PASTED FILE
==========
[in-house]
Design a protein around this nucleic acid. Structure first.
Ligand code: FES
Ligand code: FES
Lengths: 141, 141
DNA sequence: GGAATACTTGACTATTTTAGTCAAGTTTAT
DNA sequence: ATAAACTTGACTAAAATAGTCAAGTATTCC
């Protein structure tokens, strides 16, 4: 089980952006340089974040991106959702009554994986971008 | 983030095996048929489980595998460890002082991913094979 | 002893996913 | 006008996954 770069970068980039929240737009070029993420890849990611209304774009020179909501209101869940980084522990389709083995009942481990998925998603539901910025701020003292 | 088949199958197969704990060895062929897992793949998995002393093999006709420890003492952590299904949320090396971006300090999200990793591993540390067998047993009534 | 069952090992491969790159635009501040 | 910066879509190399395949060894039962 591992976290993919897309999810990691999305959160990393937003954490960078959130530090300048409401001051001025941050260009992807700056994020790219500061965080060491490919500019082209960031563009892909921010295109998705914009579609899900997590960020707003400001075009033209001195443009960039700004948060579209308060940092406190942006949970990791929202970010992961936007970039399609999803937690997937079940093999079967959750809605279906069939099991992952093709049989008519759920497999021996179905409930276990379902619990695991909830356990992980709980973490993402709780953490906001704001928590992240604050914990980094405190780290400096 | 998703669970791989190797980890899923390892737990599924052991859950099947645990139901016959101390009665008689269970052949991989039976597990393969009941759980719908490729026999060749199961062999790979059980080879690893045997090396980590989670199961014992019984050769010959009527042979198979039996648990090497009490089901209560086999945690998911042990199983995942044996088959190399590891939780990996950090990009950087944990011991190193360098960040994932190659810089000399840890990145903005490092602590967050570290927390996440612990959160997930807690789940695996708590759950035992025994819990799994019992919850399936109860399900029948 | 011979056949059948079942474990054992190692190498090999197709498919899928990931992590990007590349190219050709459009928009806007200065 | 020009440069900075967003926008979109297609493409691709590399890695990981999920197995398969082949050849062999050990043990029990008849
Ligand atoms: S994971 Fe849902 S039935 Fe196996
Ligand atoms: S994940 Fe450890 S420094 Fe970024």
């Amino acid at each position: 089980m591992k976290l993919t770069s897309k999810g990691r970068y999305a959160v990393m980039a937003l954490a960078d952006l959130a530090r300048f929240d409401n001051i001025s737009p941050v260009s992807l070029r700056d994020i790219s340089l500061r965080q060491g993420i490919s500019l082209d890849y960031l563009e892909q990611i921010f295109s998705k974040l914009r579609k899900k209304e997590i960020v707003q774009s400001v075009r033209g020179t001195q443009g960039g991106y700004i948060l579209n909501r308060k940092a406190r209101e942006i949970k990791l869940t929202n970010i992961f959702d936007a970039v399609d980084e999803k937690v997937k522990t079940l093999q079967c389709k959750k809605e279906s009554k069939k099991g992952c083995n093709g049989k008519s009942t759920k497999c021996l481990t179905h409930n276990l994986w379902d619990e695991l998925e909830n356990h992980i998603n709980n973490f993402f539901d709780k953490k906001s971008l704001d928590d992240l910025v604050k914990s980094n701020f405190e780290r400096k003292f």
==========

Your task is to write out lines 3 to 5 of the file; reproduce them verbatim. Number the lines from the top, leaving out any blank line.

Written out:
Ligand code: FES
Ligand code: FES
Lengths: 141, 141